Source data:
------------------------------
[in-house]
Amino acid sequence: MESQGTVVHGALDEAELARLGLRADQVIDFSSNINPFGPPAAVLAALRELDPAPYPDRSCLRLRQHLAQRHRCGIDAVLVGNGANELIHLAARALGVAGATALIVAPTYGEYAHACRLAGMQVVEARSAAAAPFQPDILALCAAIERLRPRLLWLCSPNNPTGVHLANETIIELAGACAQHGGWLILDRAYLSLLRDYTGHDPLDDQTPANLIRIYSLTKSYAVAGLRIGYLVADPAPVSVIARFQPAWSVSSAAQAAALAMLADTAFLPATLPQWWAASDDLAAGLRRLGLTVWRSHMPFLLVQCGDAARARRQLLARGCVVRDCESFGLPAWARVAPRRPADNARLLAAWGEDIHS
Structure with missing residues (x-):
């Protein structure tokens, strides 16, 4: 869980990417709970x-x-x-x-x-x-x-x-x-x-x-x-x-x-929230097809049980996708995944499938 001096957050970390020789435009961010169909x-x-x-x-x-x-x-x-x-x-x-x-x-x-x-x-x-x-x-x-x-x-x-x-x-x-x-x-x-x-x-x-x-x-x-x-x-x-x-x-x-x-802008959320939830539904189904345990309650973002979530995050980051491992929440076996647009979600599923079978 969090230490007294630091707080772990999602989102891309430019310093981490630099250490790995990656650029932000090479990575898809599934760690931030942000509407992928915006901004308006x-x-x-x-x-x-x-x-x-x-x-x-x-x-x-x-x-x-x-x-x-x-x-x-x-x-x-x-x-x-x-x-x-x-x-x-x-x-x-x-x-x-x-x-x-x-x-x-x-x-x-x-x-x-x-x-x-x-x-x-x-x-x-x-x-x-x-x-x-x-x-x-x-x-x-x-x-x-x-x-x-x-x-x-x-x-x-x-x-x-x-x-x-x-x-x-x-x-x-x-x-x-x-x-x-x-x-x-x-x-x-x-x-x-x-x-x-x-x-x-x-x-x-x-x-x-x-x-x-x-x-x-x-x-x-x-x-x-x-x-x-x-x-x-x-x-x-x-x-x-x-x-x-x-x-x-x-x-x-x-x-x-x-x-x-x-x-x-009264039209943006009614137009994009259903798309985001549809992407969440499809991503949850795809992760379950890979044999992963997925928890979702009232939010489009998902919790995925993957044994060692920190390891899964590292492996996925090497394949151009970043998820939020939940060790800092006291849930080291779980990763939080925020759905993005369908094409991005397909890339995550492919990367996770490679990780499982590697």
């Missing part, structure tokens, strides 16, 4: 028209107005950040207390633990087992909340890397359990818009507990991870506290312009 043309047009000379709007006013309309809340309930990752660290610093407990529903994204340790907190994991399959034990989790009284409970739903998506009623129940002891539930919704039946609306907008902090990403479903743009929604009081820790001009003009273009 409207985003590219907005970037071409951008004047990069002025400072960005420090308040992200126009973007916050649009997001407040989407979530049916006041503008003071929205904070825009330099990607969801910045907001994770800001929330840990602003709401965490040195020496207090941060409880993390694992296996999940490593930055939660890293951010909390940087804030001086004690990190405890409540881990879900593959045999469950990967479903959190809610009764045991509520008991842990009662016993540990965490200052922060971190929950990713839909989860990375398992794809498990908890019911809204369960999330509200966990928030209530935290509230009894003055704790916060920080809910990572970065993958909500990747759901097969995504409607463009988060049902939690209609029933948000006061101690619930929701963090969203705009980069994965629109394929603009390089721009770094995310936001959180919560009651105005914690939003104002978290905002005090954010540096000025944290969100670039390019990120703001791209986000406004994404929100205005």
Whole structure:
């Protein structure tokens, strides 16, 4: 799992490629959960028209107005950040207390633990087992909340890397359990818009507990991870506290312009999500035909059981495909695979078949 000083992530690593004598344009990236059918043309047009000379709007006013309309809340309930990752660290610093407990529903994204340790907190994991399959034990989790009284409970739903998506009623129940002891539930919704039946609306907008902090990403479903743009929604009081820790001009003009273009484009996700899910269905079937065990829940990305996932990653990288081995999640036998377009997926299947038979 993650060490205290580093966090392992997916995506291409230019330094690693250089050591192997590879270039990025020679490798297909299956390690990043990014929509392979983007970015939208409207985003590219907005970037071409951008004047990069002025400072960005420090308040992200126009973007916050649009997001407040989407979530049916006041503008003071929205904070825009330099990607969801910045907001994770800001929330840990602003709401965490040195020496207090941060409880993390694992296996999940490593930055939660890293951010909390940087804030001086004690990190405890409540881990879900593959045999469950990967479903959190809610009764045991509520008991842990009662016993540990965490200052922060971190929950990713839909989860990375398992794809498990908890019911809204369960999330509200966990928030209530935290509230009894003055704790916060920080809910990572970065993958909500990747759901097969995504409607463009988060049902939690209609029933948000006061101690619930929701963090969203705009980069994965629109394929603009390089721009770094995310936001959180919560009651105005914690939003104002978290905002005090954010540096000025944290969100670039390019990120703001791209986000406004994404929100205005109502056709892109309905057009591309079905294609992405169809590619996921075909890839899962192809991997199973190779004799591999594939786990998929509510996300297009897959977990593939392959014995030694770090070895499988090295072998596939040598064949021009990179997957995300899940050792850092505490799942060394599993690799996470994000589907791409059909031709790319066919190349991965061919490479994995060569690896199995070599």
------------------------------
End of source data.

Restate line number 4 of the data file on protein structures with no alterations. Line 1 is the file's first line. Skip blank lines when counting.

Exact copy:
């Protein structure tokens, strides 16, 4: 869980990417709970x-x-x-x-x-x-x-x-x-x-x-x-x-x-929230097809049980996708995944499938 001096957050970390020789435009961010169909x-x-x-x-x-x-x-x-x-x-x-x-x-x-x-x-x-x-x-x-x-x-x-x-x-x-x-x-x-x-x-x-x-x-x-x-x-x-x-x-x-x-802008959320939830539904189904345990309650973002979530995050980051491992929440076996647009979600599923079978 969090230490007294630091707080772990999602989102891309430019310093981490630099250490790995990656650029932000090479990575898809599934760690931030942000509407992928915006901004308006x-x-x-x-x-x-x-x-x-x-x-x-x-x-x-x-x-x-x-x-x-x-x-x-x-x-x-x-x-x-x-x-x-x-x-x-x-x-x-x-x-x-x-x-x-x-x-x-x-x-x-x-x-x-x-x-x-x-x-x-x-x-x-x-x-x-x-x-x-x-x-x-x-x-x-x-x-x-x-x-x-x-x-x-x-x-x-x-x-x-x-x-x-x-x-x-x-x-x-x-x-x-x-x-x-x-x-x-x-x-x-x-x-x-x-x-x-x-x-x-x-x-x-x-x-x-x-x-x-x-x-x-x-x-x-x-x-x-x-x-x-x-x-x-x-x-x-x-x-x-x-x-x-x-x-x-x-x-x-x-x-x-x-x-x-x-x-x-009264039209943006009614137009994009259903798309985001549809992407969440499809991503949850795809992760379950890979044999992963997925928890979702009232939010489009998902919790995925993957044994060692920190390891899964590292492996996925090497394949151009970043998820939020939940060790800092006291849930080291779980990763939080925020759905993005369908094409991005397909890339995550492919990367996770490679990780499982590697």